Presentation on theme: "The Middle Colonies: Farms and Cities. Indicators What religious diversity and tolerance existed in the Middle colonies? How was slavery viewed in the."— Presentation transcript:
The Middle Colonies: Farms and Cities
Indicators What religious diversity and tolerance existed in the Middle colonies? How was slavery viewed in the Middle Colonies?
Quakers *Believed that people of different beliefs could live together in harmony *Helped create a climate of tolerance and acceptance in the middle colonies of: New York, New Jersey, Pennsylvania, and Delaware
The Middle Colonies *Attracted Dutch and German farmers *Used advanced farming techniques *Grew cash crops of fruits, vegetables and above all,grain *Nicknamed the “Breadbasket”
Gristmills At a gristmill, corn, wheat, rye, and other grains, were turned into flour or meal which could be later turned into bread, or be sold at market.
Large Cities Because of the thriving export market, large port cities like New York and Philadelphia quickly grew in the early 1700s, exporting flour, bread, furs, and whale oil. *Philadelphia became the largest city!
Immigrants Middle Colony port towns attracted many German immigrants. Some of these immigrants were artisans: ***Gunsmiths (long rifle) ***Ironworkers ***glass *** furniture ***kitchenware
German Influence Germans built Conestoga wagons to carry their produce to town. Other German Influences: *Kindergarten *Christmas Tree *Hamburger *Frankfurt
Tolerance Because of the large number of Dutch in New York, and Quakers in Pennsylvania, the middle colonies had a climate of tolerance.
Native-Americans “I am very sensible to the unkindness and injustice which have been too much exercised toward you by the people of these parts of the world… I have a great love and regard toward you, and desire to win and gain your love and friendship by a kind, just and peaceable life; and the people I send are of the same mind.” -Letter from William Penn to Native Americans 1681
Slavery in the Middle Colonies The tolerant attitude of the Middle Colonies did not prevent about 7% of the population from being enslaved. This situation occasionally lead to violence: Rebellions &competition for jobs!
Quakers & Slavery The Quakers were the first group to speak out against slavery and condemn it! It was seen as immoral and against Christian principles Published anti-slavery petitions and statements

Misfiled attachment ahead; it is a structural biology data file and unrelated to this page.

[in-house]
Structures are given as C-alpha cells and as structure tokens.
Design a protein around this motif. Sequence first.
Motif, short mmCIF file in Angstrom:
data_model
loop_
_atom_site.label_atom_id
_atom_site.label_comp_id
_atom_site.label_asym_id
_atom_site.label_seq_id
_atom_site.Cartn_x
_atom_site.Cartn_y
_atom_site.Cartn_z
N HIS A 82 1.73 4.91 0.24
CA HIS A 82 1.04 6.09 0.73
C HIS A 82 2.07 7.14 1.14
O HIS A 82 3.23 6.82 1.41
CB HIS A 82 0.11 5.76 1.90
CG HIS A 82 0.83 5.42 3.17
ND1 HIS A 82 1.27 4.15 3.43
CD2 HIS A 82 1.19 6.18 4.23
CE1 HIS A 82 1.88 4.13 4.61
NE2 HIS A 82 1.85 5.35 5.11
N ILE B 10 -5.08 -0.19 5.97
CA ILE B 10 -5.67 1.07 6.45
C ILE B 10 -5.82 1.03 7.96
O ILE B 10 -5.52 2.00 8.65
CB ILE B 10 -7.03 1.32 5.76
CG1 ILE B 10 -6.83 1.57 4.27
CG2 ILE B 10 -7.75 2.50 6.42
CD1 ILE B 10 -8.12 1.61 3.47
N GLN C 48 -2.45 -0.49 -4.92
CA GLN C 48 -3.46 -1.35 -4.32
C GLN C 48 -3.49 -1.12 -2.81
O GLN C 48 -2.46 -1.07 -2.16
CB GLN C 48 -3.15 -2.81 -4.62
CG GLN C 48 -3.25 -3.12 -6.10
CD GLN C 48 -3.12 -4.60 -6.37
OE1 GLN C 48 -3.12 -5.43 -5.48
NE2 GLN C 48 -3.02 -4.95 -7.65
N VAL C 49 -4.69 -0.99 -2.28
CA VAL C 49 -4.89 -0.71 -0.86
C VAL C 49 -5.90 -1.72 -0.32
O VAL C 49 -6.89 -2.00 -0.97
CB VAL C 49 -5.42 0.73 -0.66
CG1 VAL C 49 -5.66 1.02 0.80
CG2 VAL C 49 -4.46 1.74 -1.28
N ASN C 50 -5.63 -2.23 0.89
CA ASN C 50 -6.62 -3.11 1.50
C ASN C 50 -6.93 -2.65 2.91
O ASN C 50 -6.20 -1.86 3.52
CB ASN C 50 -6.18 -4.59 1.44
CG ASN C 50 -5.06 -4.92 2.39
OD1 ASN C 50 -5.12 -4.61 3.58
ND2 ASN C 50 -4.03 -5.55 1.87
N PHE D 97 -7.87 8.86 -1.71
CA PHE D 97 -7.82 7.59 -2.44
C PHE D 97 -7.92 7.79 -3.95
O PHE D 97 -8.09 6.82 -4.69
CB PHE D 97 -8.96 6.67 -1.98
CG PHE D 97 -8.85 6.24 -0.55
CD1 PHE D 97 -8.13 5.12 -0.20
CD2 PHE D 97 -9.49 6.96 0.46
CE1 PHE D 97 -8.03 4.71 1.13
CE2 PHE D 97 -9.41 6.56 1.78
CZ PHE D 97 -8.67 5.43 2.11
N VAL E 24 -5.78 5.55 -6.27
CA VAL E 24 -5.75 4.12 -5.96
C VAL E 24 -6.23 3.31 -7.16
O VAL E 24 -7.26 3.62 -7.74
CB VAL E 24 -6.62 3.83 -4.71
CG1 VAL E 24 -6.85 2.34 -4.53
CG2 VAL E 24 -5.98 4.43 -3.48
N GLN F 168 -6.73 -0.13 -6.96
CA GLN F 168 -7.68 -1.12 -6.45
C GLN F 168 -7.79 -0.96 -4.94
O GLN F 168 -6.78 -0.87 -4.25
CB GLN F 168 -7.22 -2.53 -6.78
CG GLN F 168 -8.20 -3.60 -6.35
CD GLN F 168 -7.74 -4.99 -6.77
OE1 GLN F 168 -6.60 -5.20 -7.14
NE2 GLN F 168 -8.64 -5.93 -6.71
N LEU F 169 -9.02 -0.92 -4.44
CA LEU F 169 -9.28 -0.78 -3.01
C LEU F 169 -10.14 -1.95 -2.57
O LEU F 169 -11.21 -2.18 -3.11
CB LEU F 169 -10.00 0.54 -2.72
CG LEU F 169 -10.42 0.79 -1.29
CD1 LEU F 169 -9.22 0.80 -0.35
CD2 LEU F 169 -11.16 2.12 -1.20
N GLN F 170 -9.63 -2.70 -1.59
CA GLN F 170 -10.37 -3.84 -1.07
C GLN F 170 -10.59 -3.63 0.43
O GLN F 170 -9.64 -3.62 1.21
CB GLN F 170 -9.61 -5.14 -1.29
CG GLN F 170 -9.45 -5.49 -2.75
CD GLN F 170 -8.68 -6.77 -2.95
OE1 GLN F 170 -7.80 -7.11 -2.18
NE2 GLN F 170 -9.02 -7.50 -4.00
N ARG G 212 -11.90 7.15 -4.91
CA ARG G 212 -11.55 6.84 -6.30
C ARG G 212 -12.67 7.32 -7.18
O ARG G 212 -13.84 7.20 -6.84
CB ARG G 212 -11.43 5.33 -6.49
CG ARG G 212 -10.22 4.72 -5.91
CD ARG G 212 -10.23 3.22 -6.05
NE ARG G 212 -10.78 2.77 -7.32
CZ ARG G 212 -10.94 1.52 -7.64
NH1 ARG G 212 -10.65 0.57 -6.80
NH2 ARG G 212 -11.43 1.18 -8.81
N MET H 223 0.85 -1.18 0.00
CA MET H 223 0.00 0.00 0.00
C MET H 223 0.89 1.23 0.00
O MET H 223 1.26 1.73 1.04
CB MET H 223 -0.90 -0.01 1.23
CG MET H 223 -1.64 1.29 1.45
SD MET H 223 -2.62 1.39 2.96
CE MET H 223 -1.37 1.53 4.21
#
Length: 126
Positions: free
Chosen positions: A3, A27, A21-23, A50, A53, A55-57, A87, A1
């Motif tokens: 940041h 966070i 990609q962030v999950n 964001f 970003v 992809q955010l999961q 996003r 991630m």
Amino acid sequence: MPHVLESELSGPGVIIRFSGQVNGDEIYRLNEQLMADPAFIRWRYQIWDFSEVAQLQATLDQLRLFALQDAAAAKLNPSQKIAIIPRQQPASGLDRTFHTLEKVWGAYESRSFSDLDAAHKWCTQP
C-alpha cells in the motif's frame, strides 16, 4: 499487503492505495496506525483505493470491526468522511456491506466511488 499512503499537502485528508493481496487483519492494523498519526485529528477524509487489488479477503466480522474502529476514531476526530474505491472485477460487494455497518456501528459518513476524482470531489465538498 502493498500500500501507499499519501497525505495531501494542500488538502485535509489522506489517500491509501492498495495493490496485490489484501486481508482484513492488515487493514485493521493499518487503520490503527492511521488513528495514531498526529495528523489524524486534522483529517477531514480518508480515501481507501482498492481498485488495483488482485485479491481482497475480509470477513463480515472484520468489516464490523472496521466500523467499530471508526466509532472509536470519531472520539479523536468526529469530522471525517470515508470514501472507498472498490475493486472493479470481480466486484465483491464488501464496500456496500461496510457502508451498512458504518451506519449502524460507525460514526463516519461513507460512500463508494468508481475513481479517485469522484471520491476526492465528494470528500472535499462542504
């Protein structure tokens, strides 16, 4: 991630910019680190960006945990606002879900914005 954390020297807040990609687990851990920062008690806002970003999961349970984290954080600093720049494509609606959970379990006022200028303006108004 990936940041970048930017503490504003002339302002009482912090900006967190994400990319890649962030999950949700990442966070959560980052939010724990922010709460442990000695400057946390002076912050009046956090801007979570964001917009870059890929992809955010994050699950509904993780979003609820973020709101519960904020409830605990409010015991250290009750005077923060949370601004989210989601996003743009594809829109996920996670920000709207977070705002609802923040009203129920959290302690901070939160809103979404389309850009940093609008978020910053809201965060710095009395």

Dutch and German farmers of the Middle Colonies used advanced farming techniques to grow cash crops of fruits, vegetables and______. 1) tobacco 2) grain 3) livestock 4) dairy products
At a ______, corn, wheat, rye, and other grains, were turned into flour or meal. 1) factory 2) warehouse 3) gristmill 4) silo
Because of the growing export market, large port cities like ______quickly grew in the early 1700s, exporting flour, bread, furs, and______. 1) Jamestown and Philadelphia, cattle 2) Philadelphia and Charleston, slaves 3) New York and Philadelphia, whale oil 4) New York and Boston, lumber
Many German immigrants were ______ who created ______that would later form the basis of the factory system. 1) artisans, cottages 2) artists, cottage industries 3) artisans, manufacturing centers. 4) artisans, cottage industries
The tolerant attitude of the Middle Colonies did not prevent about ______ of the population from being enslaved. 1) 40%. 2) 17% 3) 13%. 4) 7%
Germans built ______ to carry their produce to town. 1) trebuchets 2) chuckwagons 3) Conestoga wagons 4) carts
Because of the large number of ______ in New York, and ______ in Pennsylvania, the Middle Colonies had a climate of tolerance. 1) Dutch, Quakers 2) Dutch, Puritans 3) Germans, Quakers 4) Germans, Puritans
The ____________ had a relatively tolerant attitude toward various European immigrant groups. 1) Backcountry 2) New England Colonies 3) Southern Colonies 4) Middle Colonies
Middle Colony port towns during the 1700s attracted many ______ immigrants. 1) Polish 2) German 3) Chinese 4) Spanish